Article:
Friday, 20 March 2015

Friday's Faces from the Past ~ Uncle Artie and Aunt Winnie

My granduncle, Arthur O'Neill, died on 7 January 1965, in London, having moved there soon after the war. Dad was just a boy when he left, yet, he still has fond memories of his 'Uncle Artie.' Although my father knew very little about his maternal ancestry, his recollections of Uncle Artie have enabled me to piece together the highlights and the lowlights of Artie's life.

Artie was born into a family of nine children, in Dublin city, the fourth and youngest son of Charles O'Neill and Mary Agnes Donovan. Around his tenth birthday, his father died suddenly, catapulting the family into crisis. Although his mother remarried in 1896, within a year of his father’s death, she was unable to take her dependent children with her to her new home with Thomas Augustus Ellis and they ended up in care.


Arthur O'Neill, (c.1885 - 1965)
Arthur O'Neill, 1901 Census, Industrial School, Limerick
Click on image to enlarge

At the time of the 1901 census, when my grandmother and her sister Johanna were found in foster care, the only potential sighting of young Artie, was in a boys’ industrial school, run by the Christian Brothers, in Limerick city. Many miles from home and without the company of his elder brothers (who were, by then, working and living with their mother and Mr. Ellis in Dublin), life in the industrial school was most likely not fun. It was certainly not fun, if the unspeakable abuse allegations, which have since come to light, are anything to go on. But, Artie survived this ordeal, and by 1911, he was back in Dublin, working as a hairdresser, and living with his mother.

In April 1917, Artie married Winifred (Winnie) O'Connor, nĂ© Earley, in the church at Sandymount, Dublin. Winnie was the widow of Bartholomew O'Connor, who died in January 1913, leaving her with three children, Brendan, aged five, Ellen, aged four and Winifred, barely two years old. When Bartholomew died, Winnie was pregnant with their fourth child, Bart, born eight months later.  

Winnie's situation obviously reminded Artie of his own experience, following his father's untimely death and undoubtedly his heart went out to the children. He was perhaps determined to keep them all together, and that, he did. Artie and Winnie went on to have four more children, Mary (May), Charlie, Art and Tom and when they were still young, the O'Neills and the O'Connors, all moved to Kiltimagh, in county Mayo, on the west coast of Ireland, where Artie worked as a barber.


Arthur O'Neill & Winifred (Earley, O'Connor) O'Neill (Dublin & Kiltimagh)
Arthur and Winifred O'Neill, c. 1919

This photo, probably taken about 1919, is believed to be of the young Arthur O'Neill, with his wife Winifred and one of their children. 

Some thirty years into their marriage, Winnie became very ill. Knowing she was going to die, the couple came back to Dublin, and stayed with my grandparents, in Malahide. As they had come of age, many of Winnie's children had migrated to England, in search of work, and settled there. 'Black Raven', the name of our house in Malahide, is situated conveniently close to Dublin Airport. So, not only was my grandmother able to care for Winnie in her final days, but the move back to the east coast also made it easier for her children to visit. It was during this time that Dad came to better know and like his Uncle Artie. Winnie died at ‘Black Raven’ on 8 October 1948 and was laid to rest at Glasnevin Cemetery, next to her first husband, Bartholomew O'Connor.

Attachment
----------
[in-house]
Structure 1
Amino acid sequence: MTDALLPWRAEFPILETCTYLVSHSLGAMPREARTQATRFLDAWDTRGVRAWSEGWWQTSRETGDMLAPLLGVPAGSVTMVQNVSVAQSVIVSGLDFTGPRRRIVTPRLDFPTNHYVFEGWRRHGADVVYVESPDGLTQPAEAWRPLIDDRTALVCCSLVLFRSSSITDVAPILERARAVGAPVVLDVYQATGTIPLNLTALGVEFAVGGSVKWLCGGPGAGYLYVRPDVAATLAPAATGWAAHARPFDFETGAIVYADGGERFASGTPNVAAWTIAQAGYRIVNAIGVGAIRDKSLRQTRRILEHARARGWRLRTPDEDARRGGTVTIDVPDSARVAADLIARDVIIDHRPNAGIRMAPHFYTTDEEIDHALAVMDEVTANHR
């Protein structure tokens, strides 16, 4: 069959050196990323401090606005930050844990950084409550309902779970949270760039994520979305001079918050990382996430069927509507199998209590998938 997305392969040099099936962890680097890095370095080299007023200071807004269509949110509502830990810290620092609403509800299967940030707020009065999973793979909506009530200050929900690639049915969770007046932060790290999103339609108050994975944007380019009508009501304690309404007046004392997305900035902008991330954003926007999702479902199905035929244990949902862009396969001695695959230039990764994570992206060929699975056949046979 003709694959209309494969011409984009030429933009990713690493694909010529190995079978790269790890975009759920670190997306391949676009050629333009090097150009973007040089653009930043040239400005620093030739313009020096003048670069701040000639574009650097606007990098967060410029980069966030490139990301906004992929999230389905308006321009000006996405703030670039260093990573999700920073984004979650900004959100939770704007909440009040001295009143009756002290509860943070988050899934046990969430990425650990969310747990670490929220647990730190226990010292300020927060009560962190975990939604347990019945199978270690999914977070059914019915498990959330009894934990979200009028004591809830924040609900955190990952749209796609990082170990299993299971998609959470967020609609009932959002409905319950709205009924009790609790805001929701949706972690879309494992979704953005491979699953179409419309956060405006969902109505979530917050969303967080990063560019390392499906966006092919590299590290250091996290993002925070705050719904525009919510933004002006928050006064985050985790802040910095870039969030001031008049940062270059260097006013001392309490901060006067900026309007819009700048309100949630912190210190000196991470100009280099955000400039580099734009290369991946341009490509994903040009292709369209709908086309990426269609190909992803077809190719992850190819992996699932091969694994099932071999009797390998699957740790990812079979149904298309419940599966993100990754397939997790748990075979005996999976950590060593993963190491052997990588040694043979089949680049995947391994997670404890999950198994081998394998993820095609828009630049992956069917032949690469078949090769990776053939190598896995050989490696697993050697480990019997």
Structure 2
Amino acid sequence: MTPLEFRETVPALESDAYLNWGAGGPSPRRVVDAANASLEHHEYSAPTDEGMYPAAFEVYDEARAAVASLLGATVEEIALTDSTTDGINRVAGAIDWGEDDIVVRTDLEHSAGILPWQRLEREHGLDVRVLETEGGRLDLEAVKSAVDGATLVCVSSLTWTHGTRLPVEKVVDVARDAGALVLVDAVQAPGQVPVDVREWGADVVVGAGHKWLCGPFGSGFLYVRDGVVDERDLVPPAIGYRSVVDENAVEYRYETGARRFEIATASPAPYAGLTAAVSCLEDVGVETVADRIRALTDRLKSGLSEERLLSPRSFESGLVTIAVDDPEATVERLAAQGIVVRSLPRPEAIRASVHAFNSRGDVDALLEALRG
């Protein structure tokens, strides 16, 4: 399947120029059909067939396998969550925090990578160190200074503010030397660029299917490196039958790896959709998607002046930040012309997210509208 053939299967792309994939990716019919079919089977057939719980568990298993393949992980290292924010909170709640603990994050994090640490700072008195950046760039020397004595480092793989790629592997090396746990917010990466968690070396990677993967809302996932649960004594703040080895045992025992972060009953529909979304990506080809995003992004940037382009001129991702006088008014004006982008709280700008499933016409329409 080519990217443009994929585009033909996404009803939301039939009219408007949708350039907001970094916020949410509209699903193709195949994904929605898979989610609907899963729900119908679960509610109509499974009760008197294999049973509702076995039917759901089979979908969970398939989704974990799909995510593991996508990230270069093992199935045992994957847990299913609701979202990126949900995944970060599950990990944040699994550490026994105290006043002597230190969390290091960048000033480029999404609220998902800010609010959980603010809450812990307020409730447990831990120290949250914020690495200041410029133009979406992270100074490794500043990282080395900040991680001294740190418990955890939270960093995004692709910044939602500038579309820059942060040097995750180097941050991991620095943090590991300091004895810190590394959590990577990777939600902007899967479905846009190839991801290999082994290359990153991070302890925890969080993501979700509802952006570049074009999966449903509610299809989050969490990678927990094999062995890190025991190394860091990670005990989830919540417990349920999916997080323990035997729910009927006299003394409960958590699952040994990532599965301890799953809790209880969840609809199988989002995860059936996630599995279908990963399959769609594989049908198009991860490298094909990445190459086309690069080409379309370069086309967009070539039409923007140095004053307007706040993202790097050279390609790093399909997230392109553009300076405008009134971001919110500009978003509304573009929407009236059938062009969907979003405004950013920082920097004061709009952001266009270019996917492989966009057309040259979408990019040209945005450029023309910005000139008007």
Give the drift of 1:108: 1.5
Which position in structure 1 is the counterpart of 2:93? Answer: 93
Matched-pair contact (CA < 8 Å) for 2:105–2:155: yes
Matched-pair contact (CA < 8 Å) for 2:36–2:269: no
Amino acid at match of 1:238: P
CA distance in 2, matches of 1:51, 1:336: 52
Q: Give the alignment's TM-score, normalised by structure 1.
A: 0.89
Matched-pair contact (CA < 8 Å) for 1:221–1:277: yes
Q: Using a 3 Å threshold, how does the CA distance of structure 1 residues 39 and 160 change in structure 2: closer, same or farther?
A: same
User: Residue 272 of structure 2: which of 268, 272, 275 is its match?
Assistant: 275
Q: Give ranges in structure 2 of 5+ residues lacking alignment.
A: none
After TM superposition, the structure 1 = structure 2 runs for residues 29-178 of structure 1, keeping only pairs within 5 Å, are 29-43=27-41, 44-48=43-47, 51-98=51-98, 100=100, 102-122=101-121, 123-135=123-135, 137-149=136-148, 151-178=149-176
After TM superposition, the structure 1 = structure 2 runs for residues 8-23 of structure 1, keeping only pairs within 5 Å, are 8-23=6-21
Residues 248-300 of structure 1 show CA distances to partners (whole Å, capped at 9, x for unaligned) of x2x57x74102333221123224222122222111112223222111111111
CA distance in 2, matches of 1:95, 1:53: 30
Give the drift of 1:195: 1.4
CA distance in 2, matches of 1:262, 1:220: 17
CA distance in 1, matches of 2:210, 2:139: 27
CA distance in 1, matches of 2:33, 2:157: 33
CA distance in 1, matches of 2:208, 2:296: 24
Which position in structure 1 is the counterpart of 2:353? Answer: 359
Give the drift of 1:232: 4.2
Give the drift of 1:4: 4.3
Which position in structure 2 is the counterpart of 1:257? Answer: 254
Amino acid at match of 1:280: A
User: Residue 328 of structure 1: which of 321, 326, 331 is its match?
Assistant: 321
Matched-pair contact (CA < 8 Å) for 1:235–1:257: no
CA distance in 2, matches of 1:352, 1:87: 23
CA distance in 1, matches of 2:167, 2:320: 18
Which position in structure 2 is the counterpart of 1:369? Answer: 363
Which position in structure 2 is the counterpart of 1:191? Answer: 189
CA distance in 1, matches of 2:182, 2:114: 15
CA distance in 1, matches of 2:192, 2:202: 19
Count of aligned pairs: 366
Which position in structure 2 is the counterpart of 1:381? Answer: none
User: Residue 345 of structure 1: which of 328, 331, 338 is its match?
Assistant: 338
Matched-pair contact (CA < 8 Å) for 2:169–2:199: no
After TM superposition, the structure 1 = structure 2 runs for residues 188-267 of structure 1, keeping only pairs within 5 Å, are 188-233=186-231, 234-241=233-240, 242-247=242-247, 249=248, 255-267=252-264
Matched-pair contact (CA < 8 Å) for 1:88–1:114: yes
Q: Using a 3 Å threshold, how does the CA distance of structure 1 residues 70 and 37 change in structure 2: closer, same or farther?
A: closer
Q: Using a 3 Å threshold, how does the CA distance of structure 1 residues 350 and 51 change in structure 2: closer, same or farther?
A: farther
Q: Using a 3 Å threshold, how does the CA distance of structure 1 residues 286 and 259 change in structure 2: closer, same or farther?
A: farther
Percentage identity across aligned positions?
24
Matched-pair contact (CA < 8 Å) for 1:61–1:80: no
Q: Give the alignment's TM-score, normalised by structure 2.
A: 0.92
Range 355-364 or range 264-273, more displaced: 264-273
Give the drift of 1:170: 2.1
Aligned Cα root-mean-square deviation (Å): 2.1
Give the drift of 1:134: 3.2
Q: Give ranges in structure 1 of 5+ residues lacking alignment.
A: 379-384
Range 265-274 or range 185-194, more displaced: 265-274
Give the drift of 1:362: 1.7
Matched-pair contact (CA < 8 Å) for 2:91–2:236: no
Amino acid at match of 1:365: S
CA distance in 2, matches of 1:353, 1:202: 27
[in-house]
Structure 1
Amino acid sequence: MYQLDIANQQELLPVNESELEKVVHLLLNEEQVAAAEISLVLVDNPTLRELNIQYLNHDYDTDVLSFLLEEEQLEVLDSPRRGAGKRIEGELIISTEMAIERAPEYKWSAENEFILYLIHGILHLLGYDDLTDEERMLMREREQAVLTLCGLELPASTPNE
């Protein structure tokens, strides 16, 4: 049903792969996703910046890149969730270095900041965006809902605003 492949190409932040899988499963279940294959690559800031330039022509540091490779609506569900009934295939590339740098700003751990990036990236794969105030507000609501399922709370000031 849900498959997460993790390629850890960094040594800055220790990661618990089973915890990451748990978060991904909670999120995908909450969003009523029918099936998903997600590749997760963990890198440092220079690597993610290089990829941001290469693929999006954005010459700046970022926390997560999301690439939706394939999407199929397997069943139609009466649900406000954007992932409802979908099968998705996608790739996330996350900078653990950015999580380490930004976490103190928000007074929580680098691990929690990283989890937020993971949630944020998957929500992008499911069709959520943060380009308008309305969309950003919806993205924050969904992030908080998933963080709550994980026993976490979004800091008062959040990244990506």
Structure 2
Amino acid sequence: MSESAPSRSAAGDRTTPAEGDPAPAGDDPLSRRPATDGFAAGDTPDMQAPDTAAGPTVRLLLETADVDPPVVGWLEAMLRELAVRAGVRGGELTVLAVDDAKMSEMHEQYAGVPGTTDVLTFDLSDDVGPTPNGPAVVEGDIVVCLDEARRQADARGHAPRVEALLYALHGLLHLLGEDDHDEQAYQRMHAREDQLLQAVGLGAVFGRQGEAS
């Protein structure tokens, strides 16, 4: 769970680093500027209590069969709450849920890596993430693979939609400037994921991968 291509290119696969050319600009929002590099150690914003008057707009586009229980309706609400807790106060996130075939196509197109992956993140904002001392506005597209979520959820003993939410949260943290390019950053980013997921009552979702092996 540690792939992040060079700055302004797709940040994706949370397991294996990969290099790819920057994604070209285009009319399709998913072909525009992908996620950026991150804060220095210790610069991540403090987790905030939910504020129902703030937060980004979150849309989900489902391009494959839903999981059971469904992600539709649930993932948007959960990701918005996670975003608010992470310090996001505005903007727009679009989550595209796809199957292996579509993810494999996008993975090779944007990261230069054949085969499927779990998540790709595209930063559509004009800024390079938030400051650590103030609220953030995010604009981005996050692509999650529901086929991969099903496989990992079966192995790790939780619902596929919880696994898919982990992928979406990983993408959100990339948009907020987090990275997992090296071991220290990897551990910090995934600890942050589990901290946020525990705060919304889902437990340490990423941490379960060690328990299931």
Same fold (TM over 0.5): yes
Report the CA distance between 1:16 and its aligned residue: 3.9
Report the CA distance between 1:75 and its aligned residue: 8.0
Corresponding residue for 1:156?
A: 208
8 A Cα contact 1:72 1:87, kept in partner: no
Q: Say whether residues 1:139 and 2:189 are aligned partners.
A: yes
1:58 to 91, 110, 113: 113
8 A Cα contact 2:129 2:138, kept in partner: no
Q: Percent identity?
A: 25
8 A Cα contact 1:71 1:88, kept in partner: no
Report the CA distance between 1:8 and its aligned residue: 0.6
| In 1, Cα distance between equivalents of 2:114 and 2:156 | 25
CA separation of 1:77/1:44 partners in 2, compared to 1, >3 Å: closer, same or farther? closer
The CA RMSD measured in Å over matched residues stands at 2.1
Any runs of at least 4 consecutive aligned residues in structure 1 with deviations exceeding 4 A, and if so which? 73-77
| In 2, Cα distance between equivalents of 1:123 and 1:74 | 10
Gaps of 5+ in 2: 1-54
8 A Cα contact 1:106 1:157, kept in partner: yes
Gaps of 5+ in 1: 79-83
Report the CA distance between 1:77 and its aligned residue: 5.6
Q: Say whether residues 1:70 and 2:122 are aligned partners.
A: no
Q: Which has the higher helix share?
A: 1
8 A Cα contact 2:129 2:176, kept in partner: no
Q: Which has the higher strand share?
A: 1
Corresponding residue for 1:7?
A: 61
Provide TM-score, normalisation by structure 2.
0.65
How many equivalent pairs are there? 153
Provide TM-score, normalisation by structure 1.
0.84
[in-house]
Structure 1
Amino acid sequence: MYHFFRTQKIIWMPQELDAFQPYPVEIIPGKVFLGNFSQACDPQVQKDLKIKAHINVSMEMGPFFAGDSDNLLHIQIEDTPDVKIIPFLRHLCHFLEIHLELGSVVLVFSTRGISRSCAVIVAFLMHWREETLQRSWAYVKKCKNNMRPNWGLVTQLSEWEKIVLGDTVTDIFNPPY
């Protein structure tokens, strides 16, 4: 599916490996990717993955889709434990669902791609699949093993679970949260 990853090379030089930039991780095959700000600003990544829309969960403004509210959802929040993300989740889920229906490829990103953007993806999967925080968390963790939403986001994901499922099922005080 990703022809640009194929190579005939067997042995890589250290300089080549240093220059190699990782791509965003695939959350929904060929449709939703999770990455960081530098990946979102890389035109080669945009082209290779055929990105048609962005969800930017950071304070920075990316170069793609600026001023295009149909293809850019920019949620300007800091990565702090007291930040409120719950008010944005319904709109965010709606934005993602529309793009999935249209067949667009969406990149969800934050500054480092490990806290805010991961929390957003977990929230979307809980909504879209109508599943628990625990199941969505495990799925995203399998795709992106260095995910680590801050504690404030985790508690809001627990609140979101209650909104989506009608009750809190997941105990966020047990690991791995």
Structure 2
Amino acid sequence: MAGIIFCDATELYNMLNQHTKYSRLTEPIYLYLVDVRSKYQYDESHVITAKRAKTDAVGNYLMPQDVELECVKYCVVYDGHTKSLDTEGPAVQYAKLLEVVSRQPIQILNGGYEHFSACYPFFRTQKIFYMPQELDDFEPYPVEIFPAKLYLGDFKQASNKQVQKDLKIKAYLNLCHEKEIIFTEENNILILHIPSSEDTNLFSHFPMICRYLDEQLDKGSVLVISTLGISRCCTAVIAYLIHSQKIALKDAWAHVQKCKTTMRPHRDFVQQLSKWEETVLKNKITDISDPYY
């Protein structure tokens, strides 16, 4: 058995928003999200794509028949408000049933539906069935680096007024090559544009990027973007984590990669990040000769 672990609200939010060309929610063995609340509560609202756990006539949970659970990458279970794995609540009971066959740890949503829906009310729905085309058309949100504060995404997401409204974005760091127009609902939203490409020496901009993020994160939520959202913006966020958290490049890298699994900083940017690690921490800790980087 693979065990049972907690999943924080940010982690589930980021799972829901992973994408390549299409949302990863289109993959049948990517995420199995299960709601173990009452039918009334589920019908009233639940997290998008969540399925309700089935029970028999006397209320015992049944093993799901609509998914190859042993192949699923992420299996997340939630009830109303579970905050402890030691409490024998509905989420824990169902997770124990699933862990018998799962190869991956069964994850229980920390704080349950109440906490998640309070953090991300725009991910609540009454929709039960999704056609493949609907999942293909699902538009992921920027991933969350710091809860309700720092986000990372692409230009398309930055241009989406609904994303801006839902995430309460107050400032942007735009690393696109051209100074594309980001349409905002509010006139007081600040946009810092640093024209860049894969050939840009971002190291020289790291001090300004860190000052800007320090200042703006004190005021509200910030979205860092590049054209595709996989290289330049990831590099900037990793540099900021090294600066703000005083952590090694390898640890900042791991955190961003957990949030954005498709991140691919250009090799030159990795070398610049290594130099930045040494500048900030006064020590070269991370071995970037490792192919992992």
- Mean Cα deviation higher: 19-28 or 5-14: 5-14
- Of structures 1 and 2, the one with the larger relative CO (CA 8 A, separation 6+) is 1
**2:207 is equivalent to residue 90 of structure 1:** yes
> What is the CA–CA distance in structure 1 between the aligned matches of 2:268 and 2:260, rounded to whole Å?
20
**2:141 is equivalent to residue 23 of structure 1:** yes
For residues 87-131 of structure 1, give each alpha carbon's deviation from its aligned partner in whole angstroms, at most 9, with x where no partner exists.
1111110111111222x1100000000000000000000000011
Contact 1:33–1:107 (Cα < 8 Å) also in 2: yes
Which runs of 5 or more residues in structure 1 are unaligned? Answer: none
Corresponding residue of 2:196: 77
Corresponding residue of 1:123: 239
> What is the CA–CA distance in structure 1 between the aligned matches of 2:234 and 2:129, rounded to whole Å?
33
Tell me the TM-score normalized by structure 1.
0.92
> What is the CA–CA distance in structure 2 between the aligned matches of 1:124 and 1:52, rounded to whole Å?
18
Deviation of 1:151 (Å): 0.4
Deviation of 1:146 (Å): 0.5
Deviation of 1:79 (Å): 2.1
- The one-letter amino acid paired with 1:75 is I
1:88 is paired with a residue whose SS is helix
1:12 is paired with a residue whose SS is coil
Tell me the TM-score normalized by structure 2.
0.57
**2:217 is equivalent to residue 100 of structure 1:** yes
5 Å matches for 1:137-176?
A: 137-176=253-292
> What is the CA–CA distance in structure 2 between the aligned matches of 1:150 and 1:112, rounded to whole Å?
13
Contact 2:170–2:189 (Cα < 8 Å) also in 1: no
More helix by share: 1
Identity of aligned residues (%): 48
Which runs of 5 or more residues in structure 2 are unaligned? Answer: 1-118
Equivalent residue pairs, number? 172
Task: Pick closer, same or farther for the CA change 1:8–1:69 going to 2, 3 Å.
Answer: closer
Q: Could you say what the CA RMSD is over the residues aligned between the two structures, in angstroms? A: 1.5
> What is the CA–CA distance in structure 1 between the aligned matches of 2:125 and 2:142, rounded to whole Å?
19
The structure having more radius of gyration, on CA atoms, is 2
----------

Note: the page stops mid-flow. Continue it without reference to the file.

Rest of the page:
Arthur O'Neill & Winifred (Earley. O'Connor) O'Neill (Dublin & Kiltimagh)
“1947, Art O’Neill & Winnie”

This photograph was taken in 1947, not long before Winnie’s death. Do you see a resemblance between them here and the young couple in the earlier photograph above? I believe I do.

Shortly after Winnie died, Artie went to England to live with his daughter, May. He was listed in the London Electoral Registers in 1949, at 44 Victoria House, on the South Lambeth Road, living with his children May and Tom O'Neill. After May and Tom had both moved on and gone their separate ways, Artie continued to live in the same flat in Victoria House, with his step-son, Bart O'Connor. Bart was the child born after his own father's passing. He married Teresa Byrne in 1953, and Artie remained with the newly-weds in Victoria House, until they all moved together, to Chatsworth Way, in South East London, in 1960. This was still their home when Artie died, in 1965, at the age of seventy-nine years. 


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© 2015 Black Raven Genealogy

5 comments:

  1. Dara, Artie had a difficult life but seemed to keep moving forward despite everything. I do think the photos are the same people. I like the 1919 photo, the serious faces on the adults and the sleeping child.

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    1. Thank you, Colleen, I like the 1919 photo too, though they do look like they've been sitting there a bit too long. They look so much more relaxed in the later one.

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  2. What a lovely tribute to Uncle Artie. It's inspiring to read a story of someone with a difficult upbringing who developed a good heart despite it all. Today we want to excuse bad behavior due to a bad childhood. Artie's story demonstrates that we make choices. He seems to have had a good life overall and was worthy of your dad's admiration.

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    1. Thanks Wendy, I also believe he led a happy life, despite the rocky start.

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    2. What a touching story Dara, love the photos.

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